Today’s guest is a lady that I’ve had the pleasure of talking with a few times in the past.
We are making it official today and letting everyone listen in on our conversation.
I’m looking forward to going a few easy miles with Shelly Brazelle today.
On The Sidelines
Shelly Brazelle didn’t think much about running until she was almost done with college.
She went to The University of Minnesota in Duluth which conveniently happened to be the home of Grandma’s Marathon.
Shelly worked in and around a lot of runners which began to pique her curiosity about running.
Prior to ever attempting to run, Shelly was persuaded to spectate at Grandma’s marathon.
At that time, Shelly didn’t know much about distance running.
After watching enough races, she came to the conclusion that she could never do it.
Her view on that changed slightly when she made the decision to go the distance on wheels rather than feet.
A Unique Marathon
Shelly had always enjoyed in-line skating so when she came across an opportunity to cover a marathon distance on skates she committed to the challenge.
Unbeknownst to her at the time, training for a marathon on skates wasn’t that much different than training for one the traditional way.
She typically went out on the weekends to skate for a few hours and did shorter training during the week.
Shelly included some cross-training into her program which typically took the form of running.
Her training went smoothly and Shelly successfully completed 2 in-line skate marathons over the span of a couple of years.
The incorporation of running into her training is what would eventually propel her forward into more running.
In 2004, Shelly moved to Virginia and she quickly realized there weren’t nearly as many paved paths nearby to skate on.
Out of convenience, she began to run more and skate less.
For a few years, Shelly never ran more than 5 miles.
It took her until about 2008 to mentally and physically break past the 5-mile mark with running.
Her first real race was a turkey trot and following that race, her perception of running changed for the first time.
As someone that struggled with depression and anxiety, she found that running helped.
It was 2011 when she began training for her first half marathon.
The Best Kind Of Peer Pressure
Shelly had a great experience both training for and completing her first half marathon.
Shortly after that race, a co-worker convinced her to sign up for the Virginia Beach Marathon.
She was successfully sticking to her schedule for her marathon which was scheduled to take place in March.
Her then fiance/now husband had planned a trip to Myrtle Beach in February.
Prior to traveling, he mentioned to Shelly that there was a marathon taking place while they were there.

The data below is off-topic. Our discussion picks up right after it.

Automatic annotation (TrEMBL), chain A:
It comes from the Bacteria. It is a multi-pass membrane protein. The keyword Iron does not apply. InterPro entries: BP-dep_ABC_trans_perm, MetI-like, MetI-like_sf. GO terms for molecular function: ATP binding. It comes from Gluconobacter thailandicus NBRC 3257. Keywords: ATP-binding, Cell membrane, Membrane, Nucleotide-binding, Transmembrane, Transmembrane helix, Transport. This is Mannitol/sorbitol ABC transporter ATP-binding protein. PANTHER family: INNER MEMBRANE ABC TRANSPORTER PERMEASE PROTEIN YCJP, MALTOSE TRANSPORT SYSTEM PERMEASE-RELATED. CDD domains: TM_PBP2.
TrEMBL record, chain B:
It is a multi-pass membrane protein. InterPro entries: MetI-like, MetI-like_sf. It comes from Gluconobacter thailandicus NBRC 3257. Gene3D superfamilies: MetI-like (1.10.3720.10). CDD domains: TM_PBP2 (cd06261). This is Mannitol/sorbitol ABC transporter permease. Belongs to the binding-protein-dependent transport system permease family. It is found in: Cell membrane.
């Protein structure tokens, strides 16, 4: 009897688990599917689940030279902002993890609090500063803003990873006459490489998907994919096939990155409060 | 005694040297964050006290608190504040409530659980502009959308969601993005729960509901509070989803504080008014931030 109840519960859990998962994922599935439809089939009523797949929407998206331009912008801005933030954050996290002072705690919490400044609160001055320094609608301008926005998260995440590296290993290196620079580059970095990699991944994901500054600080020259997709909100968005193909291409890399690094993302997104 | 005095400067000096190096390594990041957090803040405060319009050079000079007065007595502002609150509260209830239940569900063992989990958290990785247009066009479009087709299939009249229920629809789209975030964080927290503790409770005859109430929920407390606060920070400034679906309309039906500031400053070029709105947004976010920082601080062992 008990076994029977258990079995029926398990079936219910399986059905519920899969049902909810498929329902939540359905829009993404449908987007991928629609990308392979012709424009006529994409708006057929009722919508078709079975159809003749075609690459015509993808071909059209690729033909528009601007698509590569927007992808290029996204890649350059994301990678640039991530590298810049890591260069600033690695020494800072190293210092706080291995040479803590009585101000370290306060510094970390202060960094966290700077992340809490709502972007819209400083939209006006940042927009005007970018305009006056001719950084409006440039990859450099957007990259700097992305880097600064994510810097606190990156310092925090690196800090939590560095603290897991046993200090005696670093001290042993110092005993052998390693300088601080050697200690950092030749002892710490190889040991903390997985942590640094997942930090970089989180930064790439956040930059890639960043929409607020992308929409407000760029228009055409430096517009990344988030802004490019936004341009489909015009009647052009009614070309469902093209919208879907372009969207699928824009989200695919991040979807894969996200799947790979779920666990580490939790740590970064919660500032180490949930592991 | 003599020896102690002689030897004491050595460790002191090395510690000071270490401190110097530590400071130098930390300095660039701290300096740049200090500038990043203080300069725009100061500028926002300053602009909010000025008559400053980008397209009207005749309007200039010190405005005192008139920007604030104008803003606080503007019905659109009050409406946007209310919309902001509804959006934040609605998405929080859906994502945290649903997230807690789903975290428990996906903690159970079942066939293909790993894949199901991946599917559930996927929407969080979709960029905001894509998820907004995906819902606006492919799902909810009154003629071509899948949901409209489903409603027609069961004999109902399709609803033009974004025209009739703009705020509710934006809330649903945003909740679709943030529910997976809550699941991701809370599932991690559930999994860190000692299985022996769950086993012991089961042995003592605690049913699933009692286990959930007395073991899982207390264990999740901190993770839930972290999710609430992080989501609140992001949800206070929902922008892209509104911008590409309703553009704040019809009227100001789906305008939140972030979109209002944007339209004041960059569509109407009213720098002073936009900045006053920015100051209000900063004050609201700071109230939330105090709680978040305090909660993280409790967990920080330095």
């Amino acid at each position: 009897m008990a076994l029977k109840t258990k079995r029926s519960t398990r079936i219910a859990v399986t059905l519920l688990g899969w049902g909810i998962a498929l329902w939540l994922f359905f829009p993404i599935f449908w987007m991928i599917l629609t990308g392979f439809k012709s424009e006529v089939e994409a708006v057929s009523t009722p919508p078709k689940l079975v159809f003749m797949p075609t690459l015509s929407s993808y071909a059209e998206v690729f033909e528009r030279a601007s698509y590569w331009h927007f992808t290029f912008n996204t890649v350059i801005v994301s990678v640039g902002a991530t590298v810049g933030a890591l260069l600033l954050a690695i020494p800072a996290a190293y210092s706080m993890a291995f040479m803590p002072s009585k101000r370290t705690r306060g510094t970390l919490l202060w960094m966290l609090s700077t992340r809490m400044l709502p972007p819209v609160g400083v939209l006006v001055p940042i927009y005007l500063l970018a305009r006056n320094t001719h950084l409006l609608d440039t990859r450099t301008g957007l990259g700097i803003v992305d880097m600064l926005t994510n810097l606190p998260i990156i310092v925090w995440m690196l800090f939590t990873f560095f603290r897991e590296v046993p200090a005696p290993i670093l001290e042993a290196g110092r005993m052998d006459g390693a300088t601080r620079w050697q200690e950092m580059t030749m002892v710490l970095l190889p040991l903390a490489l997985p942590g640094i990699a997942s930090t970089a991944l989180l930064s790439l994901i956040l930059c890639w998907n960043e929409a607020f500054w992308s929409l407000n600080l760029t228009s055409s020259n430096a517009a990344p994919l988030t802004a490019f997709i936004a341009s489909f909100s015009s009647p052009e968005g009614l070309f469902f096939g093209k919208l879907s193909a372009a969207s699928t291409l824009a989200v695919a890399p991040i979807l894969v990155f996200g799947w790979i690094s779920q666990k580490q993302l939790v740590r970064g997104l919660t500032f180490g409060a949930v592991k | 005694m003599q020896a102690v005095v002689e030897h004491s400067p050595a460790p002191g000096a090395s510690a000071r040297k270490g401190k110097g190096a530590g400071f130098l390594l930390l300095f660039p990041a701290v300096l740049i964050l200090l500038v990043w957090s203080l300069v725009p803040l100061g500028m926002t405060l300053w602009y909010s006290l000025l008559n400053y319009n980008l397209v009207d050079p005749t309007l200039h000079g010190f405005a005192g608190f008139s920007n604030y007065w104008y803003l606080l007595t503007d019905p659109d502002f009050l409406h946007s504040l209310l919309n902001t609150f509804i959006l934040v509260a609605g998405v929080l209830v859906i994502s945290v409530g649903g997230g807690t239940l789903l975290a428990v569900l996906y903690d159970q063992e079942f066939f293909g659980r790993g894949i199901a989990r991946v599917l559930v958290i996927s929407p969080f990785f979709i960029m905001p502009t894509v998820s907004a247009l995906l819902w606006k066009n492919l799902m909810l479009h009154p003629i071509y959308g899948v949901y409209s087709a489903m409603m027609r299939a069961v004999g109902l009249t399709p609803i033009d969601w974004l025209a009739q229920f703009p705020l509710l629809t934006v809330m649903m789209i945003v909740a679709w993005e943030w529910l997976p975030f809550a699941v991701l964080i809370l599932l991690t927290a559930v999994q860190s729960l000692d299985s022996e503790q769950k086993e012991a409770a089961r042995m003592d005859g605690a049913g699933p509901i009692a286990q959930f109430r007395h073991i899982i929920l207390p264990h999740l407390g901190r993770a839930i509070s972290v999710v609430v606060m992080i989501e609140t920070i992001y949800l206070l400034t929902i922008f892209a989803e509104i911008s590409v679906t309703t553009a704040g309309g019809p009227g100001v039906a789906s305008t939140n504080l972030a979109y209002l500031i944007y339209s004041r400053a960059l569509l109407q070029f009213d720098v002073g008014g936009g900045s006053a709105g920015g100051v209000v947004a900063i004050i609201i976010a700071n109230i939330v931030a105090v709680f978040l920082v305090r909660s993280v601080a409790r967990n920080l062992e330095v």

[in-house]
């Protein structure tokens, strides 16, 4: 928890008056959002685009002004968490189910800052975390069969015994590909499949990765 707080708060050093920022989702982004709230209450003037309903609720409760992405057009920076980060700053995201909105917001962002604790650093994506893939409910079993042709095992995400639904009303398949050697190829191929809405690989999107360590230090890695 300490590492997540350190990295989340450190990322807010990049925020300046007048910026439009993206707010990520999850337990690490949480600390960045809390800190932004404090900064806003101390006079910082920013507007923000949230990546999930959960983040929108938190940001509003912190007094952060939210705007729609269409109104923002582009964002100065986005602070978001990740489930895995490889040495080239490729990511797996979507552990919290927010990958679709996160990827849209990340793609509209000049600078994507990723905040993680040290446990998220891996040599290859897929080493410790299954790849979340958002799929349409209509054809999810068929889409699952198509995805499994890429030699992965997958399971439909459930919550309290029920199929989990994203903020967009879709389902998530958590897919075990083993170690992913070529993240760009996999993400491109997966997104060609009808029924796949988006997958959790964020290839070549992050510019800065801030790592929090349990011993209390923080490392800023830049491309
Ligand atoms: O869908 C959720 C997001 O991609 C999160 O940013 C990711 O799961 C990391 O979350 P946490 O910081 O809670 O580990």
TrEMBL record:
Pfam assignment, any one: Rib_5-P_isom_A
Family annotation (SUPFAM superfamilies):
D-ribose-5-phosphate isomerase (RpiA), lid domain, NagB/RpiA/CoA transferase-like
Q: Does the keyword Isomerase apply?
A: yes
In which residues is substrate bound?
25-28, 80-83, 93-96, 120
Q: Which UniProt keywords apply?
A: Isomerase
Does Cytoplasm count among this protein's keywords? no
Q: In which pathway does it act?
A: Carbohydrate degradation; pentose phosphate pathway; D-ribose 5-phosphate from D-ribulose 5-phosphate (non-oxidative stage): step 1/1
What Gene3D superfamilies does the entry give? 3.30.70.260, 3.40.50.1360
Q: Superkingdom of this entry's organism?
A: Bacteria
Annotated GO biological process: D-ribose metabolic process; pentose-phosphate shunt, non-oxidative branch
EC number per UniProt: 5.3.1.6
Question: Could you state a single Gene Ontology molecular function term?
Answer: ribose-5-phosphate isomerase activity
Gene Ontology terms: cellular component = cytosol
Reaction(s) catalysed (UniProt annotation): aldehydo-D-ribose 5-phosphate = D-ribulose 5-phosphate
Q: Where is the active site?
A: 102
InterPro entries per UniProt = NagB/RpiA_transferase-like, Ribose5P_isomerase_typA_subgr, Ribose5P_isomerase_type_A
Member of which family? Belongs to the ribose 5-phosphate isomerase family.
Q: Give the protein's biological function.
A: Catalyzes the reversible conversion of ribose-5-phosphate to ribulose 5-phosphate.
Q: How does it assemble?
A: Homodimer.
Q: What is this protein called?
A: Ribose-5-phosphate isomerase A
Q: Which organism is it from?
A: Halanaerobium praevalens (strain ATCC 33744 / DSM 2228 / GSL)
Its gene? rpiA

Shelly had run 16 miles for her long run at that point and decided to sign up and see how it went.
Not being fully trained made the race more challenging for Shelly, but it also showed her what she was capable of.
Shelly then went on to run her second marathon only one month later.
Testing Her Limits
Shelly got her first taste of the ultra world when she agreed to pace a friend for a portion of her 100k.
Being around ultra runners piqued her interest in what she herself might be capable of.
The year 2019 was a big year for pushing her limits in the running arena.
Shelly was already registered for a half marathon at Disney in January and a marathon in June.
When she came across a local 50k in late summer, she knew her training schedule would prepare her for the ultra.
The 50k fell on one of the hottest days in Maryland’s history.
In the midst of the race, she took a hard fall and ended up breaking her hand.
Shelly pushed through and not only finished the race but also earned first place in her age group.
Running Is A Powerful Tool
Following the year of pushing her limits, was the year that races came to a halt.
Shelly used 2020 to work on strengthening her weakness to come back as a stronger runner when races do resume.
For Shelly, running has always been about good stories and good times.
She has had her fair share of mistakes and bad races, but she chooses to learn something from each of them.
Shelly made the decision to start 2021 off in a good way and went all in on the inaugural Diz Runs Fat Ass New Years Day Race.
The premise was based on running one 5k distance per hour.
Participants could choose to run as few or as many as they preferred in the 24 hour period.
The end result for Shelly was ten 5ks over the day in which she learned a lot about a 24-hour challenge.
Shelly has no lack of goals for the future and will always take any running over no running.
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